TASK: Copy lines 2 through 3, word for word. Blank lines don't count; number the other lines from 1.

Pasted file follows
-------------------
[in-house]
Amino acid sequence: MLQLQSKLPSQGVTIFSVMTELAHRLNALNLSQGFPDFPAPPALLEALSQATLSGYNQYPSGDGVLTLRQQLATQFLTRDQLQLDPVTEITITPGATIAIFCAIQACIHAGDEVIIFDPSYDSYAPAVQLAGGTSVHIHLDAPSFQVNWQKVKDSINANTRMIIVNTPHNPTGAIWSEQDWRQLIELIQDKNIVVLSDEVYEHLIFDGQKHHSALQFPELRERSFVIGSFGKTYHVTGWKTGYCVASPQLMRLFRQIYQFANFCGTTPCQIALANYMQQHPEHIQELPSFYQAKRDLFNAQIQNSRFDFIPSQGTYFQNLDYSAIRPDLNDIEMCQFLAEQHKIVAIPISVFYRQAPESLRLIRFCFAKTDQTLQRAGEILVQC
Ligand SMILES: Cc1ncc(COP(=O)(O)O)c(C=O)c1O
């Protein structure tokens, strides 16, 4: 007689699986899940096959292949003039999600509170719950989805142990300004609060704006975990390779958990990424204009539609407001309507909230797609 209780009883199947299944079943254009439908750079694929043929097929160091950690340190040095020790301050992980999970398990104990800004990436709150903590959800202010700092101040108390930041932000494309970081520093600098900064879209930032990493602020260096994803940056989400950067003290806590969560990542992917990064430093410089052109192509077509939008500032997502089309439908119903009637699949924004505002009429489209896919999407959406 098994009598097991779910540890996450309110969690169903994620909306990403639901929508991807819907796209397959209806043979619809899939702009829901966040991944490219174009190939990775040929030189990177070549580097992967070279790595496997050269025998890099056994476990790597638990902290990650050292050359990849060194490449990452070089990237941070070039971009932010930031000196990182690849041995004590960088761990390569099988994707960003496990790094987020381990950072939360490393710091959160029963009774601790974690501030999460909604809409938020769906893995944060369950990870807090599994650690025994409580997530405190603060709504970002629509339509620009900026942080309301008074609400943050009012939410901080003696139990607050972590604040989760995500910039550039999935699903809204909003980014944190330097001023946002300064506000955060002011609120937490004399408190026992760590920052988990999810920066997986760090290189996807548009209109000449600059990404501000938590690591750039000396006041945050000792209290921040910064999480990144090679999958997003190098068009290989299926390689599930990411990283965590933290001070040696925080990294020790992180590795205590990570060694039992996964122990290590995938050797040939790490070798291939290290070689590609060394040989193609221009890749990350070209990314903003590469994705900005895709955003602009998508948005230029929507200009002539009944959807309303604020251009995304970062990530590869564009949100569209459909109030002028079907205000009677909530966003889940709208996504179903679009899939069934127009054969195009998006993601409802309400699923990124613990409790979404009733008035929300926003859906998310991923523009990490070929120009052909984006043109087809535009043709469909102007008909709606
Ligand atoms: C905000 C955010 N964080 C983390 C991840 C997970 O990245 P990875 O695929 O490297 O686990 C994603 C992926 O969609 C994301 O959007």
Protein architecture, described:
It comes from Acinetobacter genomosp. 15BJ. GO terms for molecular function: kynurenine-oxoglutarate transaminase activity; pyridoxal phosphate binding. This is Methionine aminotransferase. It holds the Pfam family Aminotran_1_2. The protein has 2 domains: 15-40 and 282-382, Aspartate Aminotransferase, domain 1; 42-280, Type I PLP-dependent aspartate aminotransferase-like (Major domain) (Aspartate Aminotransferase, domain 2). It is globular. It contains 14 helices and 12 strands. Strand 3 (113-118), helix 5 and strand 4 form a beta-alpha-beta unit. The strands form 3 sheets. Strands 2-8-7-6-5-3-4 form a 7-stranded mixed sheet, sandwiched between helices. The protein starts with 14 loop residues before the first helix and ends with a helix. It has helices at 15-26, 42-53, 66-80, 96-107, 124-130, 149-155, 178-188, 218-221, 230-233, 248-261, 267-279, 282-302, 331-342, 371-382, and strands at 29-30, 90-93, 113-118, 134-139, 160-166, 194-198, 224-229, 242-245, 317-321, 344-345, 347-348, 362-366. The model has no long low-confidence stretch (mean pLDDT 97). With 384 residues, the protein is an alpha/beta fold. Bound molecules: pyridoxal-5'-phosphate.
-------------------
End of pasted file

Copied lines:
Amino acid sequence: MLQLQSKLPSQGVTIFSVMTELAHRLNALNLSQGFPDFPAPPALLEALSQATLSGYNQYPSGDGVLTLRQQLATQFLTRDQLQLDPVTEITITPGATIAIFCAIQACIHAGDEVIIFDPSYDSYAPAVQLAGGTSVHIHLDAPSFQVNWQKVKDSINANTRMIIVNTPHNPTGAIWSEQDWRQLIELIQDKNIVVLSDEVYEHLIFDGQKHHSALQFPELRERSFVIGSFGKTYHVTGWKTGYCVASPQLMRLFRQIYQFANFCGTTPCQIALANYMQQHPEHIQELPSFYQAKRDLFNAQIQNSRFDFIPSQGTYFQNLDYSAIRPDLNDIEMCQFLAEQHKIVAIPISVFYRQAPESLRLIRFCFAKTDQTLQRAGEILVQC
Ligand SMILES: Cc1ncc(COP(=O)(O)O)c(C=O)c1O